Please note your affiliation and years of experience in the energy and/or environmental field
I work on clean energy issues affecting the investor-owned electric companies at the Edison Electric Institute. I have over 13 years of experience analyzing environmental markets and energy policies, as well as managing energy efficiency programs.
Any particular achievement/interest in energy/environment you would like to mention?
My long-standing academic interest has been effective policy design that incentivizes companies to internalize externalities that arise throughout the supply chain. Early on in my career I worked on analyzing carbon markets – a way of internalizing emissions externalities, throughout the world. About a decade ago I, along with many others, worked on convincing electric companies to adopt Energy Star-based demand-side management programs, and it is fascinating to see how standards, coupled with technological advances (i.e. from the incandescent to LEDs) have helped end-users save money and electric companies save energy.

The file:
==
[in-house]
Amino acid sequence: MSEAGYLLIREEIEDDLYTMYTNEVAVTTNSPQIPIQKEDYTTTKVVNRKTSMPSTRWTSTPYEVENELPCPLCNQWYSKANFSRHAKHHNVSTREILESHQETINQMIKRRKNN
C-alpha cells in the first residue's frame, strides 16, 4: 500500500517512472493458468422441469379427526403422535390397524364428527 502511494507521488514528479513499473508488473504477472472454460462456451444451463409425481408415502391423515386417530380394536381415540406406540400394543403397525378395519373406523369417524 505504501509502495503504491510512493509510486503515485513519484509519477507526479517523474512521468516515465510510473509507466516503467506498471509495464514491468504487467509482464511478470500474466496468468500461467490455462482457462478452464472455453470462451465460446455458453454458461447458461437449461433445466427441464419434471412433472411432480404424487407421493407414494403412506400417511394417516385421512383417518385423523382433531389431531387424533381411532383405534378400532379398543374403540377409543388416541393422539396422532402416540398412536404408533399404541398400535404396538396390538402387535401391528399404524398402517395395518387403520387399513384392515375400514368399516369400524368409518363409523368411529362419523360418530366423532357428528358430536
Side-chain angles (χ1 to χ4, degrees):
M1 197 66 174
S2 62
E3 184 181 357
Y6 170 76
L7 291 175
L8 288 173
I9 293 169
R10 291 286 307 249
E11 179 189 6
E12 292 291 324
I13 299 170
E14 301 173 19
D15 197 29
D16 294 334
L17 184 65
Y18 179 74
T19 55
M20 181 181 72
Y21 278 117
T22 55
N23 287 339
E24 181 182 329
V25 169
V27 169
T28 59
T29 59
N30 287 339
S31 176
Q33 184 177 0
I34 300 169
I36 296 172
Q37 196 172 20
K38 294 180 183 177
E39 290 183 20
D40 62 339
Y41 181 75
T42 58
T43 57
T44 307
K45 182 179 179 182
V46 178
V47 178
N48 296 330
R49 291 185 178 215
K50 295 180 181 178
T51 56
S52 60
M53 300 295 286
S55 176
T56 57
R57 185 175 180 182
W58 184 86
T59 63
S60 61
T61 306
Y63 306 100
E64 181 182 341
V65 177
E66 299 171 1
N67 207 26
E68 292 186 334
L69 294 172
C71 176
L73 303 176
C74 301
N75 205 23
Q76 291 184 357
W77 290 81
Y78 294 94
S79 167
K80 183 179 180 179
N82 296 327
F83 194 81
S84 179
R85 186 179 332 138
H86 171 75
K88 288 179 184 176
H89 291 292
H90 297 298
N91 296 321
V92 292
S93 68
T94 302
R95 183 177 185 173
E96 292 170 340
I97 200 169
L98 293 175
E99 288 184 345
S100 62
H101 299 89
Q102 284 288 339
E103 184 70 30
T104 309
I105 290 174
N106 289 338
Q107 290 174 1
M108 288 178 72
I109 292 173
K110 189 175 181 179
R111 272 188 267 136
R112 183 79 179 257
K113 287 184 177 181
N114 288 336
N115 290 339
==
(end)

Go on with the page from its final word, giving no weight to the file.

In your opinion, what are important issues facing the energy industry nowadays?
One of the biggest challenges for the electric industry is the increase in distributed generation. The biggest challenge to the traditional model of electricity generation is the disruptive solar, wind, and storage technology proliferation that enables the development of non-traditional electricity generation. Electricity reliability and grid resiliency are indisputably paramount. It is important to ensure that distributed generation resources develop within a robust grid that is maintained and modernized using software, technologies, and experienced staff of the electric companies who have the appropriate level of data, knowledge, and expertise.
How long have you been a member of NCAC? Any particular NCAC memory you would like to share with us?
I joined in late 2016. When I ran into a fellow grad school alum (there are few of us around), I realized the great, fun, and educational value of NCAC. Because the energy industry evolves so quickly, it is valuable to attend NCAC’s lectures and learn what others in the energy field are doing so as not to get too stale behind the desk, buried in the daily duties.